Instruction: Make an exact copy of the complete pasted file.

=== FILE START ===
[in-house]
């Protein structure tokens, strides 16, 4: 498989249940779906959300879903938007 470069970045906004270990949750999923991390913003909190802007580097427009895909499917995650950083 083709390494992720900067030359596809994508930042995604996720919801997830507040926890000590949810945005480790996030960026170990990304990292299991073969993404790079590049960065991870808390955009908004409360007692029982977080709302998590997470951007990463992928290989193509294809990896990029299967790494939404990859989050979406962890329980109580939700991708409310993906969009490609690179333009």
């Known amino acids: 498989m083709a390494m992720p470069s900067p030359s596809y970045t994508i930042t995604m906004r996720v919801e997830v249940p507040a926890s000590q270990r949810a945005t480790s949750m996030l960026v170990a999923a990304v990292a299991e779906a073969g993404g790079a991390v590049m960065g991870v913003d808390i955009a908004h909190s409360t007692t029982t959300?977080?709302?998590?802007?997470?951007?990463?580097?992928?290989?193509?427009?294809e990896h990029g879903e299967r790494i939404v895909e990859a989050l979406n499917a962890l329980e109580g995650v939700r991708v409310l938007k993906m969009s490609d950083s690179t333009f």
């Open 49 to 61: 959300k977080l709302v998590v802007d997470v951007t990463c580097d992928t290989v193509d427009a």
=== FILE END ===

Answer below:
[in-house]
């Protein structure tokens, strides 16, 4: 498989249940779906959300879903938007 470069970045906004270990949750999923991390913003909190802007580097427009895909499917995650950083 083709390494992720900067030359596809994508930042995604996720919801997830507040926890000590949810945005480790996030960026170990990304990292299991073969993404790079590049960065991870808390955009908004409360007692029982977080709302998590997470951007990463992928290989193509294809990896990029299967790494939404990859989050979406962890329980109580939700991708409310993906969009490609690179333009």
């Known amino acids: 498989m083709a390494m992720p470069s900067p030359s596809y970045t994508i930042t995604m906004r996720v919801e997830v249940p507040a926890s000590q270990r949810a945005t480790s949750m996030l960026v170990a999923a990304v990292a299991e779906a073969g993404g790079a991390v590049m960065g991870v913003d808390i955009a908004h909190s409360t007692t029982t959300?977080?709302?998590?802007?997470?951007?990463?580097?992928?290989?193509?427009?294809e990896h990029g879903e299967r790494i939404v895909e990859a989050l979406n499917a962890l329980e109580g995650v939700r991708v409310l938007k993906m969009s490609d950083s690179t333009f």
């Open 49 to 61: 959300k977080l709302v998590v802007d997470v951007t990463c580097d992928t290989v193509d427009a």